Development, Integration

[ART-012] JWT Bearer Flow


JWT Bearer Flow is a server to server authentication method that enables one server to authenticate in Salesforce in a secured way.


Generating certificates

Certificate is a secured way to prove the identity of a calling server and allow it to access protected information. There is no clear credentials (login/password) going back and forth between servers like in the username-password flow. The calling server holds a private key that is used to get a JWT (JSON Web Token) signed with the RS256 algorithm and RSA keys.

Step 1

I’ve used the official documentation and will recap all necessary steps to get successful without pain. The following instructions are based on PC Windows 10, latest GitBash and Salesforce Developer Edition.

Source: https://developer.salesforce.com/docs/atlas.enus.sfdx_dev.meta/sfdx_dev/sfdx_dev_auth_key_and_cert.htm

#Generate a private key named server.key
openssl genrsa -des3 -passout pass:SomePassword -out server.pass.key 2048

openssl rsa -passin pass:SomePassword -in server.pass.key -out server.key

#Remove server.pass.key
rm server.pass.key

#Generate a certificate signing request using the server.key file
#Store the certificate signing request in a file called server.csr
 
openssl req -new -key server.key -out server.csr

#Generate a self-signed digital certificate from the server.key and
#server.csr files. Store the certificate in a file called server.crt
#The following command will prompt to enter some information
#I haven't used passphrase for this example

openssl x509 -req -sha256 -days 365 -in server.csr -signkey server.key -out server.crt

Step 2

Now it’s time to open your Salesforce Developer Edition instance and create a new Connected App.

SettingValue
SettingValue
Connected App NameJWT Integration
API NameJWTIntegration
Contact Emailintegration@yourmail.com
Enable OAuth SettingsChecked
Use digital signaturesChecked
upload the certificateselect the server.crt we have generated
Callback URLhttps:// <login or test or mydomain> /services/oauth2/success
scopeAccess and manage your data (api) , Perform requests on your behalf at any time (refresh_token,offline_access)
run asChoose an integration user

Save the new Connected App and wait a few minutes (2-10mn), and then copy the generated consumer key that will be used in next steps.

Step 3

Click on Manage and then edit policies and make sure you have the following options :

  • Admin approved users are pre-authorized
  • Enforce IP restrictions

Then Click on manage profile and Select System Administratror and whatever profile you need.

Step 4

On your brower, call the Autorization endpoint (“success” and not “token” on redirect)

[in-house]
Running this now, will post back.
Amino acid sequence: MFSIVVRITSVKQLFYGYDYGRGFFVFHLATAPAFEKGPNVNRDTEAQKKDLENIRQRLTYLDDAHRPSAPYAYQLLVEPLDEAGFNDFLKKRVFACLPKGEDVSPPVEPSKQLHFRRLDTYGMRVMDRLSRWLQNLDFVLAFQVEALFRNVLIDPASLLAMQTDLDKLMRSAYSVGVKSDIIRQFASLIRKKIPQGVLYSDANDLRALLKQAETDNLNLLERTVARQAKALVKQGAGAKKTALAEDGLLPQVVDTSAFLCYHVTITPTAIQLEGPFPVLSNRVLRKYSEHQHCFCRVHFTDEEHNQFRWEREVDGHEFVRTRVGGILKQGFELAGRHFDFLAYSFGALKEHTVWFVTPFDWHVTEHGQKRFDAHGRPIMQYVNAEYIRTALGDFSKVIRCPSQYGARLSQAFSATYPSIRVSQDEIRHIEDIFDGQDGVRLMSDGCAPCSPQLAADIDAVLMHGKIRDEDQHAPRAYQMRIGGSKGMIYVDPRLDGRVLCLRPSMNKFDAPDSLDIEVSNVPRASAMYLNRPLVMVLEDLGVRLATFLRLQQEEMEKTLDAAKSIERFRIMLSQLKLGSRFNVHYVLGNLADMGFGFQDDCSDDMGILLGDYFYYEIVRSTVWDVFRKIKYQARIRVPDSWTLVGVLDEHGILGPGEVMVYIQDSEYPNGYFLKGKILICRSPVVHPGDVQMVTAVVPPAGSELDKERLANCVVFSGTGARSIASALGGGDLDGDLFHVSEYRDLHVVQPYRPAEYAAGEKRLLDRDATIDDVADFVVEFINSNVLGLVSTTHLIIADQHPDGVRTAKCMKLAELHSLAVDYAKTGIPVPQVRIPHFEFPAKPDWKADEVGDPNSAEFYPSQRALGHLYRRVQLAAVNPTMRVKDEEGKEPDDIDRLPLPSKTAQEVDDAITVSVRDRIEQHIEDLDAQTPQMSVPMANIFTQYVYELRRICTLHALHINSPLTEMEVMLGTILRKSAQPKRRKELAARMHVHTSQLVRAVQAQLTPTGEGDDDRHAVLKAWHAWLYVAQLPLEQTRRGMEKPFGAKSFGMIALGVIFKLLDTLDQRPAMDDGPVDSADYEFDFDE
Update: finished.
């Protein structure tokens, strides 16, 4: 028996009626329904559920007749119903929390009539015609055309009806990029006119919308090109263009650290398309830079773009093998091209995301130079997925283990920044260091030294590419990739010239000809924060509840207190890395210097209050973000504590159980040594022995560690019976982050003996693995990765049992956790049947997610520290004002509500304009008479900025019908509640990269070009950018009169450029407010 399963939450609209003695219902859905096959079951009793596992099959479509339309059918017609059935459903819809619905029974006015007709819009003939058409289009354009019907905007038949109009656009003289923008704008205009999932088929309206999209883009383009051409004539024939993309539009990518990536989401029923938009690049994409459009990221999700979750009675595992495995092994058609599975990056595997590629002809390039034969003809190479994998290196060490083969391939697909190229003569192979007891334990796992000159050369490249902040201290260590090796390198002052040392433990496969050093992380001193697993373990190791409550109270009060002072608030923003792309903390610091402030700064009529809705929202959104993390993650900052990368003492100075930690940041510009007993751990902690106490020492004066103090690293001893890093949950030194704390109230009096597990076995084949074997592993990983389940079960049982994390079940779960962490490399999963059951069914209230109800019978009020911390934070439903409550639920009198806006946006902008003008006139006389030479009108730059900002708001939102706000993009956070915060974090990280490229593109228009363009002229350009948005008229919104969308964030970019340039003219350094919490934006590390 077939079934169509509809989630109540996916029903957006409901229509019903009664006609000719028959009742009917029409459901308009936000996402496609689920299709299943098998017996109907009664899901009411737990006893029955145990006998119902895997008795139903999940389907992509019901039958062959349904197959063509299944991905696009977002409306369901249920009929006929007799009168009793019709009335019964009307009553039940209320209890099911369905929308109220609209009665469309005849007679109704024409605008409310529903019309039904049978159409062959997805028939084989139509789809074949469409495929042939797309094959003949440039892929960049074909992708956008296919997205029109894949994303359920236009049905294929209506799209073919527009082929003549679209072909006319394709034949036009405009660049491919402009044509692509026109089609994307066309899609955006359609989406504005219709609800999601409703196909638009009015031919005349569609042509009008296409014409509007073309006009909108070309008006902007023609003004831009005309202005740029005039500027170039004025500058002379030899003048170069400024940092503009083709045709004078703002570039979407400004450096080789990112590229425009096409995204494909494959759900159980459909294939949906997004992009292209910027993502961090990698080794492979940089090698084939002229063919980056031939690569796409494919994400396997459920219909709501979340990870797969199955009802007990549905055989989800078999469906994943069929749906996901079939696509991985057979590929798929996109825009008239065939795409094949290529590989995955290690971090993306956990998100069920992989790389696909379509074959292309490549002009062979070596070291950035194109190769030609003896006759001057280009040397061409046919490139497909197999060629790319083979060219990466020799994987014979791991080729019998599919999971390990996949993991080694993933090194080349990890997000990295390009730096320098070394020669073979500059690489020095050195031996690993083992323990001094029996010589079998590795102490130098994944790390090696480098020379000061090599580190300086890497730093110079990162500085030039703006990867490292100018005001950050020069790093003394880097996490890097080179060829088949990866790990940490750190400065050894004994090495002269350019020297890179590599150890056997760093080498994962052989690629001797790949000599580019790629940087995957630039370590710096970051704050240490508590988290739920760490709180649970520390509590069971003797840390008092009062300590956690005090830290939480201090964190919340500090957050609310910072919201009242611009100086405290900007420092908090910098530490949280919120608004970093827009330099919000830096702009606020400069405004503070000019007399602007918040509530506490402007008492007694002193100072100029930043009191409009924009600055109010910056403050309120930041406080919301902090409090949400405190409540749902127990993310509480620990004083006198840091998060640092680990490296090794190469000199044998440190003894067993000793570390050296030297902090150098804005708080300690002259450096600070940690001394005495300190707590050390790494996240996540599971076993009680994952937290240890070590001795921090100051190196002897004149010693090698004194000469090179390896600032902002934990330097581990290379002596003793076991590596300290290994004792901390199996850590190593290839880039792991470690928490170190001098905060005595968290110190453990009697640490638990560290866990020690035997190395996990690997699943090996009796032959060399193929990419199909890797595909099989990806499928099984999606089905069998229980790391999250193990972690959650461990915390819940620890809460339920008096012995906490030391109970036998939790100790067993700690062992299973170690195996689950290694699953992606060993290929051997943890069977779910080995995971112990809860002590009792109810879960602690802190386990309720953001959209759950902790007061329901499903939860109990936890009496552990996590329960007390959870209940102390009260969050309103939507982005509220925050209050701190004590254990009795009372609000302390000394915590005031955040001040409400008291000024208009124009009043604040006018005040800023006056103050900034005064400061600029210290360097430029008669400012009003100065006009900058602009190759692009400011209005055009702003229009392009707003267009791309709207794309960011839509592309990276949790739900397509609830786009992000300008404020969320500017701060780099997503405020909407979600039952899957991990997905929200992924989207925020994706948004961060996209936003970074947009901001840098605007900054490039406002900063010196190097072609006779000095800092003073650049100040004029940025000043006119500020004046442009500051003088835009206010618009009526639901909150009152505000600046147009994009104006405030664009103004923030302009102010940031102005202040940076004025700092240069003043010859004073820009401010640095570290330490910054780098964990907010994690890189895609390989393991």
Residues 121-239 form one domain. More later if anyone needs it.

https://<your instance>.salesforce.com/services/oauth2/authorize?response_type=token&client_id=<consumer key>&redirect_uri=https://<your instance>/services/oauth2/success

Step 5

Write a header file named header.txt:

{
  "alg": "RS256"
}

We will use the JWT signing algorithm RS256.

Step 6

Write a payload file named payload.txt, the exp will be replaced on the fly, login or test as audience:

{
  "iss": "<your consumer key>",
  "sub": "<username>",
  "aud": "https://<login or test>.salesforce.com",
  "exp": "1605623956"
}

For scratch org, set the audience to https://test.salesforce.com

Step 7

I’ve written a little shell script to help generate the JWT assertion, you can grab it on my github:

https://github.com/sutha2k/jwtBearer/releases/tag/v1.0

Before launching it, make sure you have set the right permissions :

chmod u+x generateJWT.sh

Launch the script with the header file, the payload file, the expiration time from now in seconds and the private key:

./generateJWT.sh header.txt payload.txt 1000 server.key

It will return an assertion that will start with

eyJhbGciOiJSUzI1NiJ9

Step 8

POST now the assertion in the token endpoint:

curl --location --request POST 'https://<login or test>.salesforce.com/services/oauth2/token?grant_type=urn:ietf:params:oauth:grant-type:jwt-bearer&assertion=<assertion>' --header 'Content-Type: application/x-www-form-urlencoded'

It will return a response like this:

{"access_token":"<access token>",
"scope":"api","instance_url":"https://<login or test or domain>.salesforce.com",
"id":"https://<login or test>.salesforce.com/id/<ID1>/<ID2>",
"token_type":"Bearer"}

Step 9

Get the access_token/instance_url from the response (very important) and now you can make authenticated call to Salesforce resources:

curl --location --request GET '<instance_url>/services/data/v50.0/limits' --header 'Authorization: Bearer <access_token>'

Conclusion

Securing access to private resources is mandatory while setting up integration between servers, this flow is one the most recommended. This article aims to give you some insight and basis to start playing with JWT Bearer Flow and Salesforce and my goal was to demystify it by a simple working example. There are more advanced aspect like refresh token handling that I haven’t covered but there are quite good articles around the web, so just google it 😉

Hope you enjoy reading this article, see you soon for the next one ...

Leave a Reply

Fill in your details below or click an icon to log in:

WordPress.com Logo

You are commenting using your WordPress.com account. Log Out /  Change )

Google photo

You are commenting using your Google account. Log Out /  Change )

Twitter picture

You are commenting using your Twitter account. Log Out /  Change )

Facebook photo

You are commenting using your Facebook account. Log Out /  Change )

Connecting to %s

This site uses Akismet to reduce spam. Learn how your comment data is processed.